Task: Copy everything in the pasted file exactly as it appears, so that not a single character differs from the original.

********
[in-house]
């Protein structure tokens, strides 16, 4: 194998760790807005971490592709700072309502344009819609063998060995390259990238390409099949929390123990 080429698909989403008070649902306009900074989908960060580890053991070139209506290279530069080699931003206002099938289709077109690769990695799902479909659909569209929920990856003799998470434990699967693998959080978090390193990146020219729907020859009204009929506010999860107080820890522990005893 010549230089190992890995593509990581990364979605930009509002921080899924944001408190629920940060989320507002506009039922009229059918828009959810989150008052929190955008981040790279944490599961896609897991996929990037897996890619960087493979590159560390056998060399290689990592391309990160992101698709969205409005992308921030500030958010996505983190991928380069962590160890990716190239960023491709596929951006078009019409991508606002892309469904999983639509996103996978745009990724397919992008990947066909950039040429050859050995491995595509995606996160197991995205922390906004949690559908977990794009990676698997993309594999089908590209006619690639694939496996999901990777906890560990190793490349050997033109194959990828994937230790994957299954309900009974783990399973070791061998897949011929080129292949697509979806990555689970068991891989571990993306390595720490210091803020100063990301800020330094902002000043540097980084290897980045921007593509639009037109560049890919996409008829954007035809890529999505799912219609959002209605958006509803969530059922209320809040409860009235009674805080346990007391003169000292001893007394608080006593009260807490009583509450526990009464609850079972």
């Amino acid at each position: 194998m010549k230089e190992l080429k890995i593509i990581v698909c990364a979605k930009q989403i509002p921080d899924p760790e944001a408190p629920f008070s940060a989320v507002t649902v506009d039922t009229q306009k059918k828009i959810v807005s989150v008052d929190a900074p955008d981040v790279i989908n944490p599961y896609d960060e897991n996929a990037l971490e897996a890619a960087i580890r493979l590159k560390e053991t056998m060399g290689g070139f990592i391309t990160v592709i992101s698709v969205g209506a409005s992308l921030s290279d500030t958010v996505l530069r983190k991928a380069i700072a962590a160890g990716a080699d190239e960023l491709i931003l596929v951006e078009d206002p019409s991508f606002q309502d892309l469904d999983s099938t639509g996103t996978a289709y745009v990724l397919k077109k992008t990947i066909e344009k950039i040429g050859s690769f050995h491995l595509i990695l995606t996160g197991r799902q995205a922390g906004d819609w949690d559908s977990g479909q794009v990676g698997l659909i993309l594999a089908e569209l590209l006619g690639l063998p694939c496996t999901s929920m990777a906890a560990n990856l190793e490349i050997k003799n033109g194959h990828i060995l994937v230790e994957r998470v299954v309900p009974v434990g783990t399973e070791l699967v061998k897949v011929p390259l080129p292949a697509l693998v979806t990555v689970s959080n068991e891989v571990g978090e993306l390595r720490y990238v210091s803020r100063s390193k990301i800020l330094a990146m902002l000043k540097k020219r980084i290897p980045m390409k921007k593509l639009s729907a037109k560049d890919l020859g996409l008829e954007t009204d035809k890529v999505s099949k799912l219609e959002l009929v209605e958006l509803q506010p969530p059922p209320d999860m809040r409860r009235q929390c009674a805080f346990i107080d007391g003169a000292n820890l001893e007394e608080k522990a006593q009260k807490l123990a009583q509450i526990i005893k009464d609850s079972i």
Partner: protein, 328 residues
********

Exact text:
[in-house]
């Protein structure tokens, strides 16, 4: 194998760790807005971490592709700072309502344009819609063998060995390259990238390409099949929390123990 080429698909989403008070649902306009900074989908960060580890053991070139209506290279530069080699931003206002099938289709077109690769990695799902479909659909569209929920990856003799998470434990699967693998959080978090390193990146020219729907020859009204009929506010999860107080820890522990005893 010549230089190992890995593509990581990364979605930009509002921080899924944001408190629920940060989320507002506009039922009229059918828009959810989150008052929190955008981040790279944490599961896609897991996929990037897996890619960087493979590159560390056998060399290689990592391309990160992101698709969205409005992308921030500030958010996505983190991928380069962590160890990716190239960023491709596929951006078009019409991508606002892309469904999983639509996103996978745009990724397919992008990947066909950039040429050859050995491995595509995606996160197991995205922390906004949690559908977990794009990676698997993309594999089908590209006619690639694939496996999901990777906890560990190793490349050997033109194959990828994937230790994957299954309900009974783990399973070791061998897949011929080129292949697509979806990555689970068991891989571990993306390595720490210091803020100063990301800020330094902002000043540097980084290897980045921007593509639009037109560049890919996409008829954007035809890529999505799912219609959002209605958006509803969530059922209320809040409860009235009674805080346990007391003169000292001893007394608080006593009260807490009583509450526990009464609850079972």
């Amino acid at each position: 194998m010549k230089e190992l080429k890995i593509i990581v698909c990364a979605k930009q989403i509002p921080d899924p760790e944001a408190p629920f008070s940060a989320v507002t649902v506009d039922t009229q306009k059918k828009i959810v807005s989150v008052d929190a900074p955008d981040v790279i989908n944490p599961y896609d960060e897991n996929a990037l971490e897996a890619a960087i580890r493979l590159k560390e053991t056998m060399g290689g070139f990592i391309t990160v592709i992101s698709v969205g209506a409005s992308l921030s290279d500030t958010v996505l530069r983190k991928a380069i700072a962590a160890g990716a080699d190239e960023l491709i931003l596929v951006e078009d206002p019409s991508f606002q309502d892309l469904d999983s099938t639509g996103t996978a289709y745009v990724l397919k077109k992008t990947i066909e344009k950039i040429g050859s690769f050995h491995l595509i990695l995606t996160g197991r799902q995205a922390g906004d819609w949690d559908s977990g479909q794009v990676g698997l659909i993309l594999a089908e569209l590209l006619g690639l063998p694939c496996t999901s929920m990777a906890a560990n990856l190793e490349i050997k003799n033109g194959h990828i060995l994937v230790e994957r998470v299954v309900p009974v434990g783990t399973e070791l699967v061998k897949v011929p390259l080129p292949a697509l693998v979806t990555v689970s959080n068991e891989v571990g978090e993306l390595r720490y990238v210091s803020r100063s390193k990301i800020l330094a990146m902002l000043k540097k020219r980084i290897p980045m390409k921007k593509l639009s729907a037109k560049d890919l020859g996409l008829e954007t009204d035809k890529v999505s099949k799912l219609e959002l009929v209605e958006l509803q506010p969530p059922p209320d999860m809040r409860r009235q929390c009674a805080f346990i107080d007391g003169a000292n820890l001893e007394e608080k522990a006593q009260k807490l123990a009583q509450i526990i005893k009464d609850s079972i």
Partner: protein, 328 residues